While everyone else seems to be “Netflix and chilling”, I have just been watching Netflix recently. And somewhere between binge watching Master of None and Chef’s Table I had a yearning to make pasta for the first time.
The recipes all looked so easy. Put flour, salt, olive oil, and egg yolks into a bowl. Mix and knead into a dough. Flatten, fold, and slice the dough into ribbons. Throw the pasta into salted, boiling water for two minutes. Serve with marinara sauce and parmesan cheese grated on top.
Each step in the process looked and felt beautiful. The egg whites separated smoothly from the yolks like a precious stone being cleaned of mud. The dough was almost golden in color. The rolled sheets were so thin I could see my fingers through them. The marinara sauce was a vibrant red with a faint aroma of garlic.
And then I tasted the dish.
The pasta was good.
Only good, not great. I thought it would be so much more. And then the existentialism set in. Nobody’s favorite meal is mediocre pasta. Nobody promotes mediocre pasta. Nobody starts a lifelong relationship with mediocre pasta! I am drowning in a sea of weak marinara sauce and even weaker metaphors.
Fortunately, the words of Ira Glass helped stop the self-doubt:
Nobody tells this to people who are beginners, I wish someone told me. All of us who do creative work, we get into it because we have good taste. But there is this gap. For the first couple years you make stuff, it’s just not that good. It’s trying to be good, it has potential, but it’s not. But your taste, the thing that got you into the game, is still killer. And your taste is why your work disappoints you. A lot of people never get past this phase, they quit. Most people I know who do interesting, creative work went through years of this. We know our work doesn’t have this special thing that we want it to have. We all go through this. And if you are just starting out or you are still in this phase, you gotta know its normal and the most important thing you can do is do a lot of work. Put yourself on a deadline so that every week you will finish one story. It is only by going through a volume of work that you will close that gap, and your work will be as good as your ambitions. And I took longer to figure out how to do this than anyone I’ve ever met. It’s gonna take awhile. It’s normal to take awhile. You’ve just gotta fight your way through.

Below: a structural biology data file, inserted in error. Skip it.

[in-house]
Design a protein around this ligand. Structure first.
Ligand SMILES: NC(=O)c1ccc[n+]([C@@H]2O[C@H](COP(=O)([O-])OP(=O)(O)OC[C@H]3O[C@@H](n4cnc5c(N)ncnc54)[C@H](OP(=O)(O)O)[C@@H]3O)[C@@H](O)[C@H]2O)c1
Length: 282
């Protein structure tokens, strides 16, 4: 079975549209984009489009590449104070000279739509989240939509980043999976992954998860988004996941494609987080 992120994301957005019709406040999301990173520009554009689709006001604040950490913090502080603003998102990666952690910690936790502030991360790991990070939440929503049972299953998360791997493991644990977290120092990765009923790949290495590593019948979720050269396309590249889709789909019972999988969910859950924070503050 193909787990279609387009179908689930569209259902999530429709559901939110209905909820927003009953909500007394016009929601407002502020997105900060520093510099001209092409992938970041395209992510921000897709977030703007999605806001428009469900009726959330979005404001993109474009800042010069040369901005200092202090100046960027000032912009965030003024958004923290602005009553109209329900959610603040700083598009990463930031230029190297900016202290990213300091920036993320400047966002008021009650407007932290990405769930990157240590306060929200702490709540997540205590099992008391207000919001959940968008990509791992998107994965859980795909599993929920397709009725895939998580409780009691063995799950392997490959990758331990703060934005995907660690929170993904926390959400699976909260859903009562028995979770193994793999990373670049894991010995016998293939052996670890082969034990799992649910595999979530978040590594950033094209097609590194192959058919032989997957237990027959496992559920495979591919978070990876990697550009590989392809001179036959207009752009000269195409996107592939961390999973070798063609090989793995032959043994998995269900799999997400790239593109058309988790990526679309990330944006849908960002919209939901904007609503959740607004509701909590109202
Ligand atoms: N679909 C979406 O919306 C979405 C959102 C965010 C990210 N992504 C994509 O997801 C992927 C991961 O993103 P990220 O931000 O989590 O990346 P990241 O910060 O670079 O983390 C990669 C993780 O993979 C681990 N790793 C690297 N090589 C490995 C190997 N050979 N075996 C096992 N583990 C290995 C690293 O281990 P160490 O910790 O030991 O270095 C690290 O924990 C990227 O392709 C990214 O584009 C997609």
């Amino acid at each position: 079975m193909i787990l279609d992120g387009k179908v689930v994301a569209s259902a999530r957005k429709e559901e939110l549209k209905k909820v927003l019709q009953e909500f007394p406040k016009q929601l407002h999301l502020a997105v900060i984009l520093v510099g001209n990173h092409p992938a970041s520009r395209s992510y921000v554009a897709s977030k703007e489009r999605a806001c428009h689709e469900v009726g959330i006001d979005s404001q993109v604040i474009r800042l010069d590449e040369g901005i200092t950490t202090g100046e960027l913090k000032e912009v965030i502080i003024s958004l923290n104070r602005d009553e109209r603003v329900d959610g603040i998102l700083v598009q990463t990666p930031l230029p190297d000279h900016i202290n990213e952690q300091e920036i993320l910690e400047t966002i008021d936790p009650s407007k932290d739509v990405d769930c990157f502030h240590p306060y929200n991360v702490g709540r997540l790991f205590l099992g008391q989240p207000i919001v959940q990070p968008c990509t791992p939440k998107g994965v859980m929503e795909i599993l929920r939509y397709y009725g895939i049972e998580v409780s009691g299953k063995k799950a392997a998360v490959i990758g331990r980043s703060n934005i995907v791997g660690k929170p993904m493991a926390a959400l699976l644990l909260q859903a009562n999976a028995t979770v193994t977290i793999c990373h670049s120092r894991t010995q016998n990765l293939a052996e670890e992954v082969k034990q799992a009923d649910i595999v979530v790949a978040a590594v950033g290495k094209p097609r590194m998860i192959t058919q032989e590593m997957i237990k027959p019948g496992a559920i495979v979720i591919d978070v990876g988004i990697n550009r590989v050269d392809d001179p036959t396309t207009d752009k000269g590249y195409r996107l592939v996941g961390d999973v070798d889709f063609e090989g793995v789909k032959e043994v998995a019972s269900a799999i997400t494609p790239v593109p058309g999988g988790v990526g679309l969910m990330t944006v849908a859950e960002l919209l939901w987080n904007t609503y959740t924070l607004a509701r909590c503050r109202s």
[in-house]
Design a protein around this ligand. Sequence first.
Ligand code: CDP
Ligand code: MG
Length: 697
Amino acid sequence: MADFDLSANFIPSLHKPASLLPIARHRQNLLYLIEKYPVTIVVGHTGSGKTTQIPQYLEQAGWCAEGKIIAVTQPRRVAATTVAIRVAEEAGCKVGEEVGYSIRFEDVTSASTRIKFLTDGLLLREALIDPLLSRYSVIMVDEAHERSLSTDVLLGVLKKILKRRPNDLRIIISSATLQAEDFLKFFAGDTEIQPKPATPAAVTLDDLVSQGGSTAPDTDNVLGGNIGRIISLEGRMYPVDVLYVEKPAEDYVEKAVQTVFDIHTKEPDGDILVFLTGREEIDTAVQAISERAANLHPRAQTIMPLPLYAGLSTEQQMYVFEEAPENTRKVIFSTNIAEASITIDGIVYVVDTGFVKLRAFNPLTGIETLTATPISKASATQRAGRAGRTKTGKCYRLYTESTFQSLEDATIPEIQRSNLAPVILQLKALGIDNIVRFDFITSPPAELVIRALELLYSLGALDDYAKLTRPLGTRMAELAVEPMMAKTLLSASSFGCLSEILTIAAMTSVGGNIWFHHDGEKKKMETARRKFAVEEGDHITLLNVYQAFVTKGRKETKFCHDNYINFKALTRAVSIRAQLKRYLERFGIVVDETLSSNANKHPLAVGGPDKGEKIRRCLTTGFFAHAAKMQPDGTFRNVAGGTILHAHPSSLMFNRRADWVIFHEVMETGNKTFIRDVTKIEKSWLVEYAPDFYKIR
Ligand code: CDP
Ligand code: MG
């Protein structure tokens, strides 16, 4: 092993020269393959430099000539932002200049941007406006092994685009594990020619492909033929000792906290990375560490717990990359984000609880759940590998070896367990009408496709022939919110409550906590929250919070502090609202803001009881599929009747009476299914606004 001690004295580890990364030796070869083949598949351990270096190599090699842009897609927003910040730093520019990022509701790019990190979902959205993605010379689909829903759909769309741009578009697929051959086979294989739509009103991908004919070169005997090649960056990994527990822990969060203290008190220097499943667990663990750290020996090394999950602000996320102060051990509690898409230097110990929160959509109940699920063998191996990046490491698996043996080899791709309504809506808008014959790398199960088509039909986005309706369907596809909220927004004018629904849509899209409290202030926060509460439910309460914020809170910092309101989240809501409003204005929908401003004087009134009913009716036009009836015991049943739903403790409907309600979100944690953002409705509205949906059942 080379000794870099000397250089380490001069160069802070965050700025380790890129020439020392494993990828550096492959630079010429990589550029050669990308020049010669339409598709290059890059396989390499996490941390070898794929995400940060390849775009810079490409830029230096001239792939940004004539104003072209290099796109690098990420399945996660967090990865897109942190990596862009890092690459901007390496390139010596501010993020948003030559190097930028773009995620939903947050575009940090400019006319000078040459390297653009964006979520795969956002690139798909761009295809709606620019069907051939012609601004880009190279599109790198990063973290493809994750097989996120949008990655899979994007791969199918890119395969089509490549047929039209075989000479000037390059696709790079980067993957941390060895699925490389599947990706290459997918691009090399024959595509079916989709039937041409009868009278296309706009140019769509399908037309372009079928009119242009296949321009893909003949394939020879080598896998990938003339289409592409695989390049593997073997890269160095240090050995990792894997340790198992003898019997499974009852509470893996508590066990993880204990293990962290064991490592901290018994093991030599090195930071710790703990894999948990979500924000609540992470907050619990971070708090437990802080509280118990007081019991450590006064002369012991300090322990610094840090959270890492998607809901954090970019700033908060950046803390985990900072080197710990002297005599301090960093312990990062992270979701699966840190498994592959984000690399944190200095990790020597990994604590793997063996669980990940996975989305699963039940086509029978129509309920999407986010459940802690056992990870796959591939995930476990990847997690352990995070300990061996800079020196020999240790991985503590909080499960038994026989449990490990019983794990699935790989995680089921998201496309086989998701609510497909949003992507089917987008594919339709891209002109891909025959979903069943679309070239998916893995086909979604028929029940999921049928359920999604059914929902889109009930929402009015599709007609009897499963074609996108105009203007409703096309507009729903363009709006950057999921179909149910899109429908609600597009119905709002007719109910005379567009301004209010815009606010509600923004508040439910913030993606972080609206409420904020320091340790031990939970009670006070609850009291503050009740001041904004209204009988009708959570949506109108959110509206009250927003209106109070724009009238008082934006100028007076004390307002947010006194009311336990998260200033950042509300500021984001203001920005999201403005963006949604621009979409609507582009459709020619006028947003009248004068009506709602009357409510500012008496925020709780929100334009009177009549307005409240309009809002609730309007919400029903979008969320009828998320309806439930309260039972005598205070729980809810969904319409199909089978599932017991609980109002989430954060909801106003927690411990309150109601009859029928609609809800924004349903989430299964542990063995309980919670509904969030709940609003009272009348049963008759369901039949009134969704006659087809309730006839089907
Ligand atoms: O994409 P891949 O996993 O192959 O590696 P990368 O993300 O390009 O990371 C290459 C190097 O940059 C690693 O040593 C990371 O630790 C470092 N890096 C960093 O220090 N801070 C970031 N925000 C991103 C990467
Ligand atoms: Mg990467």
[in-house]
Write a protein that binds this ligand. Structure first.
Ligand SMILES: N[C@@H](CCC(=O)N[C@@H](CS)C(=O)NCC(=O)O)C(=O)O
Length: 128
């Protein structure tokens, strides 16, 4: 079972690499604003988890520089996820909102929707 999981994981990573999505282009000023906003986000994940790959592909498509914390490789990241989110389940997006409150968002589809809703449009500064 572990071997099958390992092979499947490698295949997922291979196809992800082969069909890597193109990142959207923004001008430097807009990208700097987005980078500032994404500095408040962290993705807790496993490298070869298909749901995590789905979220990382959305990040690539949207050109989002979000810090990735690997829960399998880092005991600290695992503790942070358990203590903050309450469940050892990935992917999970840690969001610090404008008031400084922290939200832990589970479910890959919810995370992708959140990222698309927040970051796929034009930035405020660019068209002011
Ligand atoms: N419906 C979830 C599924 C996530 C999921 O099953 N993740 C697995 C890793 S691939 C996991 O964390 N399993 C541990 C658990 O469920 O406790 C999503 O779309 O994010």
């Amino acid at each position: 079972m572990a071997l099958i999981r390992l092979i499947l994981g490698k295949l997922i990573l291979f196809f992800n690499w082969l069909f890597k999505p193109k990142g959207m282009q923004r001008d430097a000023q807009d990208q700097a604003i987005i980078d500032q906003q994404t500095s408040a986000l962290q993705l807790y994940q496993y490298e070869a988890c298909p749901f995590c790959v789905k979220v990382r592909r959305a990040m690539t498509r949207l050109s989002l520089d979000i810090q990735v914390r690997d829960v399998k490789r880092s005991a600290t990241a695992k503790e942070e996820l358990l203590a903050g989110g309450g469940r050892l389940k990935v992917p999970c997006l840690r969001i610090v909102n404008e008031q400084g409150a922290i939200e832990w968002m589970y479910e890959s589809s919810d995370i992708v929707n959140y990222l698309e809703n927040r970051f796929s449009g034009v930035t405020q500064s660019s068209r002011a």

Even if the difference is only marginal, my second plate of pasta is going to be better than my first. I just have to keep working to improve.
And then I remembered I have not updated my blog in months.